The pub in the middle of nowhere

Yorkshire Post and Leeds Intelligencer
Wednesday 31 May 1911

WEST RIDING LICENCES
TEN RENEWALS REFUSED

The principal meeting of the West Riding Licensing Justices was commenced at the Court House, Wakefield, yesterday to consider the advisability or otherwise of the renewal of licences to which objection has been taken on the ground of non-necessity…

There was no objection to the refusal of the renewal of the licence of the Gardeners’ Arms, Lindale Lane, Kirkhamgate, an ante-1869 beerhouse [a partially licensed pub]. Mr Cooke said there were three public houses at Kirkhamgate, which was equal to one licensed house for every 213 of the population. The two fully licenced houses were on the main road, but the Gardeners’ Arms was situated in an old by-road which at certain times of year was almost impassable. On one side of the house it was 900 yards to the nearest dwelling, and on the other side 120 yards.

Farmer attacks woman over right of way

Leeds Mercury
Thursday 17 January 1856

ASSAULT UPON A FEMALE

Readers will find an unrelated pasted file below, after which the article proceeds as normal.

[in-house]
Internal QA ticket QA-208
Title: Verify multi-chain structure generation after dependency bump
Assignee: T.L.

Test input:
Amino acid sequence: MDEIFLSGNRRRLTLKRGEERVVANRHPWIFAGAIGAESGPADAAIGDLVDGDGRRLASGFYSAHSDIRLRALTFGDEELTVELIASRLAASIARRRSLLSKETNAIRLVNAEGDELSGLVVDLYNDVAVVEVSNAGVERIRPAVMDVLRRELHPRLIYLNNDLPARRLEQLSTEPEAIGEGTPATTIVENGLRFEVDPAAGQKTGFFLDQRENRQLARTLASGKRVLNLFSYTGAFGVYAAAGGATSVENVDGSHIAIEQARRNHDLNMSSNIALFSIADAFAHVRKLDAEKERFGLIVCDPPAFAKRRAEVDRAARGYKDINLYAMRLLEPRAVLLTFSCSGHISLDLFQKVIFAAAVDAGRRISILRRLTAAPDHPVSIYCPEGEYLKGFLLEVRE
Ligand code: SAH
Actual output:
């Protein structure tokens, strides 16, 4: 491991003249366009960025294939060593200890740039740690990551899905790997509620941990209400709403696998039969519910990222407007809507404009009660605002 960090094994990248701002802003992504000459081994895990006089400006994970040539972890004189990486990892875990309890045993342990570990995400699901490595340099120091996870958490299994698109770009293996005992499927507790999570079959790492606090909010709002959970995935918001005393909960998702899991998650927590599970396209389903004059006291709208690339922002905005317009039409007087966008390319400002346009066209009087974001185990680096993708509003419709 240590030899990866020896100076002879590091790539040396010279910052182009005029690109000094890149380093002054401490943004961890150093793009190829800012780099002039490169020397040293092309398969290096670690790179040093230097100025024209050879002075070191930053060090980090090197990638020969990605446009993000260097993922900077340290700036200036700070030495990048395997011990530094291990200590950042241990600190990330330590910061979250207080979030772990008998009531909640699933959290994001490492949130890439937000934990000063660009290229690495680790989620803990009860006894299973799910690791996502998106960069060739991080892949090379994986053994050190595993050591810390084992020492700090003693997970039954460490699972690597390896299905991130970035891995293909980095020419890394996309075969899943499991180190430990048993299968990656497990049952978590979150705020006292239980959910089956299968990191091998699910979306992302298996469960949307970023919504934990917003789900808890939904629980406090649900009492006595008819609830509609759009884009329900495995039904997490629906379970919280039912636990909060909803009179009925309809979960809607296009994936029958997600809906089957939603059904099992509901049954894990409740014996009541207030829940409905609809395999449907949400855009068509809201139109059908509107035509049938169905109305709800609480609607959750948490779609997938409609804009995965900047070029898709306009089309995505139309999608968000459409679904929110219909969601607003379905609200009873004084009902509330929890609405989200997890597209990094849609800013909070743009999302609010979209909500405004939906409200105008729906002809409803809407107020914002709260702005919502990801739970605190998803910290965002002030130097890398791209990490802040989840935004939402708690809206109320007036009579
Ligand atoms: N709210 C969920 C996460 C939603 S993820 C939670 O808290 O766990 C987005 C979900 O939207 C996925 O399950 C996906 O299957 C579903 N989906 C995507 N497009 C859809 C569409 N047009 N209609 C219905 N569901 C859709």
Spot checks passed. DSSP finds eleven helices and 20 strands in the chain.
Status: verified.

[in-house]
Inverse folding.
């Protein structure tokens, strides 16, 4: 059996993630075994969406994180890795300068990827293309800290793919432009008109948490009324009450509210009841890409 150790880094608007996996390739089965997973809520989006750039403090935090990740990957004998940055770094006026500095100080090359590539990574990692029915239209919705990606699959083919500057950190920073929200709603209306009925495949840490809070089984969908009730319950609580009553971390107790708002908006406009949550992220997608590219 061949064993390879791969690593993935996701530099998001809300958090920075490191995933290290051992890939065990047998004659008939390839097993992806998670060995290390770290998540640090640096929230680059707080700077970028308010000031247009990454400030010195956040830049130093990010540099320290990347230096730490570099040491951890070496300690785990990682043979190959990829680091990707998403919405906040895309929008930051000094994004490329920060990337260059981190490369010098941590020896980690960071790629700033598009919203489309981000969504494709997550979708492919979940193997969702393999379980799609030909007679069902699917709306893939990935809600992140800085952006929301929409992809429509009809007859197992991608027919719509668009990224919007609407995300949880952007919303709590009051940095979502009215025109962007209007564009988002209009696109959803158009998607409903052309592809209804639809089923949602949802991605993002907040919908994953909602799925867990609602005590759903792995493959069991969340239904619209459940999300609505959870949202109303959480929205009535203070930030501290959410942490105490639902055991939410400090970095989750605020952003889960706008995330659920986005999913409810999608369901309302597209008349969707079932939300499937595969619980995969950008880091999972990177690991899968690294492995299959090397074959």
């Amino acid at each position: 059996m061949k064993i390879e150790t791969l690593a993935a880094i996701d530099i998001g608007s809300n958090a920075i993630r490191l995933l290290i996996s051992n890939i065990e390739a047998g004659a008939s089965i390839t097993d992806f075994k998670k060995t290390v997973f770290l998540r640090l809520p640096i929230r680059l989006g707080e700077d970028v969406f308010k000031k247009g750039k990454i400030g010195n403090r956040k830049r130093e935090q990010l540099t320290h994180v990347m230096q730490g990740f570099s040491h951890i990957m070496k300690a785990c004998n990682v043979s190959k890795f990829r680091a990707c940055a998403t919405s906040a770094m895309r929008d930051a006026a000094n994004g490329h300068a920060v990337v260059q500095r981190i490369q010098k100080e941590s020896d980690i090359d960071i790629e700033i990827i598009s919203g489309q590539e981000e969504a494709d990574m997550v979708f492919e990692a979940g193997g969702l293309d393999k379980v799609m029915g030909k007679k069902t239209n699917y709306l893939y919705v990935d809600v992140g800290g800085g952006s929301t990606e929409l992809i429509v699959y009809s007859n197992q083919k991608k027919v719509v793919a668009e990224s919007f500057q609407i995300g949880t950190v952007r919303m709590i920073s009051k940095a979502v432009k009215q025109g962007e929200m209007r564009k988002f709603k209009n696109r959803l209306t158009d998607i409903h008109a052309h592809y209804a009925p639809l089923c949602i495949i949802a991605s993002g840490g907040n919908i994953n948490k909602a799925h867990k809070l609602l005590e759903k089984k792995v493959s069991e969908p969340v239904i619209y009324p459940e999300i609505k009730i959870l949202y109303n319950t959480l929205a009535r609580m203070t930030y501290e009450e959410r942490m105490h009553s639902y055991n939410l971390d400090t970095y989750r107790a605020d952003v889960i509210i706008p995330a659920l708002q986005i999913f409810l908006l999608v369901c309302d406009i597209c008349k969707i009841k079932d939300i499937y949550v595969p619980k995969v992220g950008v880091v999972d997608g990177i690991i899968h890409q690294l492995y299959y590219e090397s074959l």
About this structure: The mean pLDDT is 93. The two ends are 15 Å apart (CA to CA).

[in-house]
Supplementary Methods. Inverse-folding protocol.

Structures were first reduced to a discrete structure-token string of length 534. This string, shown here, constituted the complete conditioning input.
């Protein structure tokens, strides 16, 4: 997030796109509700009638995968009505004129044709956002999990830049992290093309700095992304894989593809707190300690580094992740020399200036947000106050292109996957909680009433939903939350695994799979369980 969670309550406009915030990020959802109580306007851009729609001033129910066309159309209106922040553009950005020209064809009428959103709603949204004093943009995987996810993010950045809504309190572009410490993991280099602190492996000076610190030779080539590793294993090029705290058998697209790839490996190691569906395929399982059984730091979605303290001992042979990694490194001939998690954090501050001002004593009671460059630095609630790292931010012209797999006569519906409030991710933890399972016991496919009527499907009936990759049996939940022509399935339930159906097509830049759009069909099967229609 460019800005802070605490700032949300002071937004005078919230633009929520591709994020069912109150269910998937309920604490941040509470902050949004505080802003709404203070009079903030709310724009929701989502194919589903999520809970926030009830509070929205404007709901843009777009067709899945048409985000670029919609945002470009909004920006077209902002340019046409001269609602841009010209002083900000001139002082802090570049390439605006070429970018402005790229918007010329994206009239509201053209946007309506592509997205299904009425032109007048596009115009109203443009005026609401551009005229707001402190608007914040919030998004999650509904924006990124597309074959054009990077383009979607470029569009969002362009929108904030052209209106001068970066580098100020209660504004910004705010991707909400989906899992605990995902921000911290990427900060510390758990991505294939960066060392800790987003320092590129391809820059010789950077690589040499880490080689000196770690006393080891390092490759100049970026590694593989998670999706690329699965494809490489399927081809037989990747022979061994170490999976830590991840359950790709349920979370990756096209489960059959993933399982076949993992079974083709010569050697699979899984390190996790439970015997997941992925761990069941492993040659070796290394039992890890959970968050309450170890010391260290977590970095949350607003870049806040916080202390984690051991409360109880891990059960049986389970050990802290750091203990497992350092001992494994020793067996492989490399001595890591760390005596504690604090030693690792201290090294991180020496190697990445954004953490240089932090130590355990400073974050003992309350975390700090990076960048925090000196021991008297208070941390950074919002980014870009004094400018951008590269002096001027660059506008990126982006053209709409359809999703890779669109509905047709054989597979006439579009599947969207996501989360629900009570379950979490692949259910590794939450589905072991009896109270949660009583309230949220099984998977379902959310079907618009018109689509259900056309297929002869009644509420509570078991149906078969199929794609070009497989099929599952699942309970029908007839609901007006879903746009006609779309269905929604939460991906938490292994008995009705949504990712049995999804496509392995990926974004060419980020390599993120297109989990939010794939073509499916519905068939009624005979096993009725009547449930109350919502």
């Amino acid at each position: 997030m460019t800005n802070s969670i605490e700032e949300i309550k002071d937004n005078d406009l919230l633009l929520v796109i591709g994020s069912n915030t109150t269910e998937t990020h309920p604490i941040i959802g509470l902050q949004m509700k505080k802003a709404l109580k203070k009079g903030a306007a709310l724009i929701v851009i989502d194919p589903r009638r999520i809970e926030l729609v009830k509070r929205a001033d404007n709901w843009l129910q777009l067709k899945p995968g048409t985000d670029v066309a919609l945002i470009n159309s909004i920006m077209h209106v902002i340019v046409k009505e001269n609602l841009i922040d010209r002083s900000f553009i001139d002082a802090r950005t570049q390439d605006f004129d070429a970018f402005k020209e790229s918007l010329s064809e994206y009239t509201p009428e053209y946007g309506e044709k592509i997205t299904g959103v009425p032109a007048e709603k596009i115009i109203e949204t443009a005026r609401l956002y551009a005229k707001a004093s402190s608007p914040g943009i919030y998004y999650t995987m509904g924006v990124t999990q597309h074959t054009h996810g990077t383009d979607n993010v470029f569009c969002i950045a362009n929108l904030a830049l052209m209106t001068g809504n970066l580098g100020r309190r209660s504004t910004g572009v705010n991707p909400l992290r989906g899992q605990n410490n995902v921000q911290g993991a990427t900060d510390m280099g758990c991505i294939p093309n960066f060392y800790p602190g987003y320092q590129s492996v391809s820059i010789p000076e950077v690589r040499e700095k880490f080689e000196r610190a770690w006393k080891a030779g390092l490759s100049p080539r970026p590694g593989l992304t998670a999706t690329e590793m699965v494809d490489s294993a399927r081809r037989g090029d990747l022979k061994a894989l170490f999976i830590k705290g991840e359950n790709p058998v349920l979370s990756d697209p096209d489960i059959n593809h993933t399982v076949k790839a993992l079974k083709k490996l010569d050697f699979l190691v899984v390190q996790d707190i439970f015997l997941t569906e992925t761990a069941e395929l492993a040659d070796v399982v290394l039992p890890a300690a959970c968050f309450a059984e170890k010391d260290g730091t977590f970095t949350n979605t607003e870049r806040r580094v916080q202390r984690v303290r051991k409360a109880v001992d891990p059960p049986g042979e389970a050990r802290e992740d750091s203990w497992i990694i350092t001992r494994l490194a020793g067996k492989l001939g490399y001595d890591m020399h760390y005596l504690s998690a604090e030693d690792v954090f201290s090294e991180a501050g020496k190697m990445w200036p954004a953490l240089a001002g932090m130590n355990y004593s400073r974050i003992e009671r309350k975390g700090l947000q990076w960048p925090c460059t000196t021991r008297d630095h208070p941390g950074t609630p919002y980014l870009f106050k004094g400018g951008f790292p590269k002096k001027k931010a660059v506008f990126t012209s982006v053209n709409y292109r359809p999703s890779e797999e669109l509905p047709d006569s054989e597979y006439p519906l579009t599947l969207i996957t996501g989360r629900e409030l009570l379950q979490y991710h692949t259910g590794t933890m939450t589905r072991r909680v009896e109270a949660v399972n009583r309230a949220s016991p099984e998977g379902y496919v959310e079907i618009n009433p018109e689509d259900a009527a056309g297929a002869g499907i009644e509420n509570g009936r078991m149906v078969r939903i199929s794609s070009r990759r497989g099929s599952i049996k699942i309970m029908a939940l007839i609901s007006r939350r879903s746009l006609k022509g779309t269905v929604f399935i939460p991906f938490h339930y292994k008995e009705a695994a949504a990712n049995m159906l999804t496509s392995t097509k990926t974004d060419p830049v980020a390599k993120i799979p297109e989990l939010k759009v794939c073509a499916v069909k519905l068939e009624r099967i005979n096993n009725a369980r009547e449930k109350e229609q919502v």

At the Wakefield Court House, on Monday, William Ramsden, farmer, near Carr Gate, was charged with assaulting Eliza Willoughby, on the 2nd inst, under the following circumstances. On the day above named, the plaintiff was proceeding along a footpath leading from Beck Bottom to Lindal[e] Lane, for the purpose of fetching water from a well. At a foot-gate in the field she was stopped by the defendant, who struck her with a hay fork, inflicting a wound on her hand. Ramsden stated that his object was to stop the foot-road, as serious damage had been done to his property. He was ordered to pay £2, and was informed by the magistrates that if he wished to stop the road, he was to take legal measures for effecting his object.